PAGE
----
Where do we belong? This is one of the questions I found myself asking while reading this book. The main character Laura left her small hometown of Hannibal, MO ten years ago in search of something greater, than the town could offer. She returns to Hannibal, where she comes face to face with her past, and has to make decisions about her future. I could identify with the protagonist having also left my hometown, now a long time ago. The story stirred memories and feelings of my own departure. Is it possible to come back and not to feel as an outsider? How do you keep relationship with people we leave behind? It reminded me of "I am Lucy Barton" by Elizabeth Strout. The book provides a great depiction of a small American town where people try to live their lives while battling the river, lack of jobs, and addiction. Every character made me feel a flood of emotions towards them - not one of them left me indifferent or bored. They are complex, emotional people. From the moment I opened this book I couldn’t put it down until I was done. I also really enjoyed how the author included historical information about Mark Twain, and his legacy in Hannibal, which intertwines delightfully with the plot. Go ahead and be swept away by this story…
Great read. This was one of those novels that you don't want to stop reading. Female Tom and Huck adventure story. It offers many lovely parallels of the Mississippi River, one's past, family, friendships and growing up.
A story about best friends, tricky family relationships, old flames, and a past that has a way of catching up with you - all good ingredients for a story you want to curl up with! It's set in Hannibal, Mark Twain's home town, which was interesting to read about, but in many ways it could be set in lots of small towns across America. This book really tells the story of what it feels like to be from a place like that, whether you end up being one of the people who move away, or one of the people who stay. The author comes from Hannibal herself so it's clear she is writing from the heart.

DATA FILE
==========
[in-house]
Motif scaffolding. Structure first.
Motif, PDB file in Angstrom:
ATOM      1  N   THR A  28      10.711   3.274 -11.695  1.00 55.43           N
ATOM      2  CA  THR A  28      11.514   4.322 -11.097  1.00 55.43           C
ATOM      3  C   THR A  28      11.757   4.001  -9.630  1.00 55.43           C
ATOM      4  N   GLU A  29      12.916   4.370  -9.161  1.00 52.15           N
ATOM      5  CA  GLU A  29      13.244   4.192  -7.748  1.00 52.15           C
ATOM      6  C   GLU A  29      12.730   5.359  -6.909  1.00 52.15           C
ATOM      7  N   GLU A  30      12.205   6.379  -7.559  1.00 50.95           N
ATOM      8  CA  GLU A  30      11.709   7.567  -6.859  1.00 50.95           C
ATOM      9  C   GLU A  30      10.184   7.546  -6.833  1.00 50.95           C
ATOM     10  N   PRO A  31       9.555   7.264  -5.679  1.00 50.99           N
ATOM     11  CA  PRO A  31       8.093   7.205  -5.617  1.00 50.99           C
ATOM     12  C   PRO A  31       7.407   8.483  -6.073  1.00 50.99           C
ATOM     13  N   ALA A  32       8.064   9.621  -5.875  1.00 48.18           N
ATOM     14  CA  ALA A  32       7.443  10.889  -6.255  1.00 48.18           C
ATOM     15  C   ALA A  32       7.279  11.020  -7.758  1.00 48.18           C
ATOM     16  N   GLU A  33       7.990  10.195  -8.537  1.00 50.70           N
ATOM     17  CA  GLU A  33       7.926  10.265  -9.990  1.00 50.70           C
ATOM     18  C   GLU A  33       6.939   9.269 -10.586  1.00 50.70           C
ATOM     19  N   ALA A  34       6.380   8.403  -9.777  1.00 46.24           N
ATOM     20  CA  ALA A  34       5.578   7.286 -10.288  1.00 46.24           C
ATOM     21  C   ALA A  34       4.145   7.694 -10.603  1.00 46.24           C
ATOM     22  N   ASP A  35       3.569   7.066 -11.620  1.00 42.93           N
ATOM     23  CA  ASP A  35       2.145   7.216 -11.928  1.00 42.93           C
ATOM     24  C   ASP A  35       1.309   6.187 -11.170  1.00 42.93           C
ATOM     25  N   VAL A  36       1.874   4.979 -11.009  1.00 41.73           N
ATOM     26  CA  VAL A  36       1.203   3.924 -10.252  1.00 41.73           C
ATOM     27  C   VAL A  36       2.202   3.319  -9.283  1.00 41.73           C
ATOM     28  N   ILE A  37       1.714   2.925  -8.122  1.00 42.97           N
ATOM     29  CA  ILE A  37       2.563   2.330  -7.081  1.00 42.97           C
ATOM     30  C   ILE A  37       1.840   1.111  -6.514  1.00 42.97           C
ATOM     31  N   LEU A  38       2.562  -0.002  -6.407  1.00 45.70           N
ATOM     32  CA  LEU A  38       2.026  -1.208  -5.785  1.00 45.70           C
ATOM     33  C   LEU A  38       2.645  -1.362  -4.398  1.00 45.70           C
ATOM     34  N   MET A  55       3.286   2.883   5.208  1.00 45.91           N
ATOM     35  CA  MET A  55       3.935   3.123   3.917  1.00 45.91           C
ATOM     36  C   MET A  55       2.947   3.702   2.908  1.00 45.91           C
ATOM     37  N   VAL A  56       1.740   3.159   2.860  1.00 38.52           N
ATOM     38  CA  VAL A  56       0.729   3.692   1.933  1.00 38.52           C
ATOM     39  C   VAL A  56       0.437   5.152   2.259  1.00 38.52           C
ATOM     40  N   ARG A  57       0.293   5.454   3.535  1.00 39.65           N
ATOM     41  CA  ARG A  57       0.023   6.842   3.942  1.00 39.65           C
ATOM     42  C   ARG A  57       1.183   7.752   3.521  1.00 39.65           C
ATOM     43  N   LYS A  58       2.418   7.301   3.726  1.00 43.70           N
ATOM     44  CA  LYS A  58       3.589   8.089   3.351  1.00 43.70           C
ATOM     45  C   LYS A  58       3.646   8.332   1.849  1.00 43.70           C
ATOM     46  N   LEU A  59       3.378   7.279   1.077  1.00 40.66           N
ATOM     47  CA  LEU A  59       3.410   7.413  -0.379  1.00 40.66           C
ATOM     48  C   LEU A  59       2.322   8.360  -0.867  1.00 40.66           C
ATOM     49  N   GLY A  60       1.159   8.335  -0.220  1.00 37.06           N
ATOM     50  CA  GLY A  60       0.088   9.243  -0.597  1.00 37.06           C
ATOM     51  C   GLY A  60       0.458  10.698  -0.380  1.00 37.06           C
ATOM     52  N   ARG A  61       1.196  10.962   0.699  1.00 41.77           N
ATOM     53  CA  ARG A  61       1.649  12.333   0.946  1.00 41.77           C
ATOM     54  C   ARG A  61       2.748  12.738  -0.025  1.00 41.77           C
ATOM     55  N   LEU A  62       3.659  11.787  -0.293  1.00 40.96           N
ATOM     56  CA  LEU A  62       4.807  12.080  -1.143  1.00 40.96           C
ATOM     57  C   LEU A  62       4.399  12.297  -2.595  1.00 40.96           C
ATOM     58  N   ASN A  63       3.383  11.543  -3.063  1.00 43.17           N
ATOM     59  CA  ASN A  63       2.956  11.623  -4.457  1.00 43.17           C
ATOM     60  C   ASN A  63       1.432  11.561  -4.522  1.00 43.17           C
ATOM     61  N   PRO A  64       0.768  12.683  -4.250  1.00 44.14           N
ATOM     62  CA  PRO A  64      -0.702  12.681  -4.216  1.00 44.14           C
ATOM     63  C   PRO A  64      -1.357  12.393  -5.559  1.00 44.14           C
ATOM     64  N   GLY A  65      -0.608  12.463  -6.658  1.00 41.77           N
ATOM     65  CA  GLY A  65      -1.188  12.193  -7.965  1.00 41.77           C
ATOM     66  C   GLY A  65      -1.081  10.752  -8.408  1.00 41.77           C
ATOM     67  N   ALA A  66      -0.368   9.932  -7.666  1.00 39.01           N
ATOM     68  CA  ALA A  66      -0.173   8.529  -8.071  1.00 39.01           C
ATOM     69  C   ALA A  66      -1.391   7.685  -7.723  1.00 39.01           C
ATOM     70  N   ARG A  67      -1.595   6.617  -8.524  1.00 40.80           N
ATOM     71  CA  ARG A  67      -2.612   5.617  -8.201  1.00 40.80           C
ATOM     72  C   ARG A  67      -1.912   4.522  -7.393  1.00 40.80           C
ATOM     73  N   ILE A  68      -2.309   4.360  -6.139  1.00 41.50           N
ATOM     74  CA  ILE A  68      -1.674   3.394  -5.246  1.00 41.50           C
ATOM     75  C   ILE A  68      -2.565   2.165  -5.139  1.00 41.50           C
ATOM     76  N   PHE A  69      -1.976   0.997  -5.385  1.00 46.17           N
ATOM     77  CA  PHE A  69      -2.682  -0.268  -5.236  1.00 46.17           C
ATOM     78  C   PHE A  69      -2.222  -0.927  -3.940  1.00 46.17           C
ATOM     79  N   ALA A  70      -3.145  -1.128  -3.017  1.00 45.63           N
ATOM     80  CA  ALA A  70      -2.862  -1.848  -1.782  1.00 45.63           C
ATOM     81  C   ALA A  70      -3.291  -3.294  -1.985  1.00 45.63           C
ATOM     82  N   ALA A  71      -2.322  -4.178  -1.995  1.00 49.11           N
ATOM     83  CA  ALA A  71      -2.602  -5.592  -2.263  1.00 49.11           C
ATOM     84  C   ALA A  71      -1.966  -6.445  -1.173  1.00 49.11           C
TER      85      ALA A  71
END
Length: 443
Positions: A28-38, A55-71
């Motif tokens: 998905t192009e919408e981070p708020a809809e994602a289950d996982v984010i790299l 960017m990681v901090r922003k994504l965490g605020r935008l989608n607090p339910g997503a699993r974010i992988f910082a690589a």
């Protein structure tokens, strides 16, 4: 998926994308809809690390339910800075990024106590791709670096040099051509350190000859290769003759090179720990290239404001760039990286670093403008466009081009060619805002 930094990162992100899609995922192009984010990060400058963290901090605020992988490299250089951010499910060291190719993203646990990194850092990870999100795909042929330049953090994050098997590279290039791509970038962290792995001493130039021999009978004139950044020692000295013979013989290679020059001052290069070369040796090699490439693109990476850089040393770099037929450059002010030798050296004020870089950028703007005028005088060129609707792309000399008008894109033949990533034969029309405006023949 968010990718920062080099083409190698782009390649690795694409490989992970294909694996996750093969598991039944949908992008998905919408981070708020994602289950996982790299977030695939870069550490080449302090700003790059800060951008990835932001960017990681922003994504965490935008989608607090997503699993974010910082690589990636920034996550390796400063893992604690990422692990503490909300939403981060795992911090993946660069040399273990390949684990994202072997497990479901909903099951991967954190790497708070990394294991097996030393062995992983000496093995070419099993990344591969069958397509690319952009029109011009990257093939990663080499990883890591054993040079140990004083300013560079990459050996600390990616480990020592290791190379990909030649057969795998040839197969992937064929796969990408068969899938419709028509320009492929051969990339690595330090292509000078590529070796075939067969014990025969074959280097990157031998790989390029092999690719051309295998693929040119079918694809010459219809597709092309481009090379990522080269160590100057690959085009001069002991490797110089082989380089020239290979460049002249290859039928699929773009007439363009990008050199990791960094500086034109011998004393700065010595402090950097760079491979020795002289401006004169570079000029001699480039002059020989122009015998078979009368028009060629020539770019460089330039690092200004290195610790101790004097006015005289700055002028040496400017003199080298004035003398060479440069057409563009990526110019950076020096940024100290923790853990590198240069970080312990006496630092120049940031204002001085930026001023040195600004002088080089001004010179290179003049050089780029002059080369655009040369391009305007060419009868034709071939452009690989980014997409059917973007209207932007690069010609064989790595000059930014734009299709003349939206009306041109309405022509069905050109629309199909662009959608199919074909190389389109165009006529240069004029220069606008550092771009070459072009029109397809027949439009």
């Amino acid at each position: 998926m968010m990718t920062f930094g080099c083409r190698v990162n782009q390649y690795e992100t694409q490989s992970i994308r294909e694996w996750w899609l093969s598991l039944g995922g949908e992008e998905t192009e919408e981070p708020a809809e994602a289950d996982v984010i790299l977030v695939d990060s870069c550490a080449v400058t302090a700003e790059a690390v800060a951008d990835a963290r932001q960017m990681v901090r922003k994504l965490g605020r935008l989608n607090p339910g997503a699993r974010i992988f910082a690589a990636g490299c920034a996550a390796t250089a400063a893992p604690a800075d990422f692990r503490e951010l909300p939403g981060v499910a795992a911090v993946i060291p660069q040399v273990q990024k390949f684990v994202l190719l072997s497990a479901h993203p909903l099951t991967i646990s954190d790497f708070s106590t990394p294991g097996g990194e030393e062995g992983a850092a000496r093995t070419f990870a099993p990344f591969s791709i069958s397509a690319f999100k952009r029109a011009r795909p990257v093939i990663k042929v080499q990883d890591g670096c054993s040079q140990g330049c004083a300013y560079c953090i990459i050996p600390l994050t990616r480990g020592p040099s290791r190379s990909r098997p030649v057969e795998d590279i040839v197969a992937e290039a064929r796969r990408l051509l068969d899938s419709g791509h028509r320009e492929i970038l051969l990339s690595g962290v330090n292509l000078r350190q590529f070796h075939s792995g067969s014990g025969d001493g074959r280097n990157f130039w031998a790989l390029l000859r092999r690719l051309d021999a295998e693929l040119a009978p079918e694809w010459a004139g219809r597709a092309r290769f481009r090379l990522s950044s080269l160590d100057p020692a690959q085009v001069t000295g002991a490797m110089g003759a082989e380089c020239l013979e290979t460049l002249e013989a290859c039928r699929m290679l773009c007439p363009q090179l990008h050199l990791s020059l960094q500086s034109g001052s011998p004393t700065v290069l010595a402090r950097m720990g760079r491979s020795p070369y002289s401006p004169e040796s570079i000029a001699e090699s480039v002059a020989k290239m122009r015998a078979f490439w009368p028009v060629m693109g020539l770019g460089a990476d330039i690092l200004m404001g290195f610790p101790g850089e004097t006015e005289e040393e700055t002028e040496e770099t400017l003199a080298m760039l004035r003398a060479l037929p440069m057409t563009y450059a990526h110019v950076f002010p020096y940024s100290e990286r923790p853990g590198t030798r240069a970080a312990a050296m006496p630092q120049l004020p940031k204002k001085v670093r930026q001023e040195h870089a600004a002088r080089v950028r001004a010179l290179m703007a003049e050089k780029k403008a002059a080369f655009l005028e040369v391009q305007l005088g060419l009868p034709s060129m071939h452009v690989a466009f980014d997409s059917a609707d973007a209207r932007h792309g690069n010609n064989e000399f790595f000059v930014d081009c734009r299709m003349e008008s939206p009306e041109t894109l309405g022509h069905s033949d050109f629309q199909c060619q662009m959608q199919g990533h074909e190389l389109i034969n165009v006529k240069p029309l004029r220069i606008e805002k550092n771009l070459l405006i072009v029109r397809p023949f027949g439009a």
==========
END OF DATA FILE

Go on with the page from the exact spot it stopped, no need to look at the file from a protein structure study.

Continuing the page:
A few of my notes from reading: 1. The author takes on the tremendous challenge of delving into issues of class and race that others stray away from because it's so hard to get right. But she's clearly invested significant time into her craft as the book addresses these issues in an intentional and conscientious way that brings the reader along for the journey. 2. Loved, loved, loved that the author found a way to incorporate the New Madrid Fault Line and its history of earthquakes into the book. I remember being fascinated by the stories about the 1811-12 earthquakes as a kid after reading about them in The Big One. Especially because I remember there was some period of time in the 2000s when there was a series of Midwest earthquakes — I think Illinois and there was at least one with an epicenter in Iowa. I remember wondering if they were a precursor to a "big one" that ultimately never came. 3. I couldn't help but crack up when I read the part about Laura and Mama watching Wheel of Fortune after dinner. I literally wrote to myself, "LOL, does every Midwest family grow up watching Wheel of Fortune?" I think my mom and I watched that almost every single night growing up while making dinner or eating. This book is well worth a read!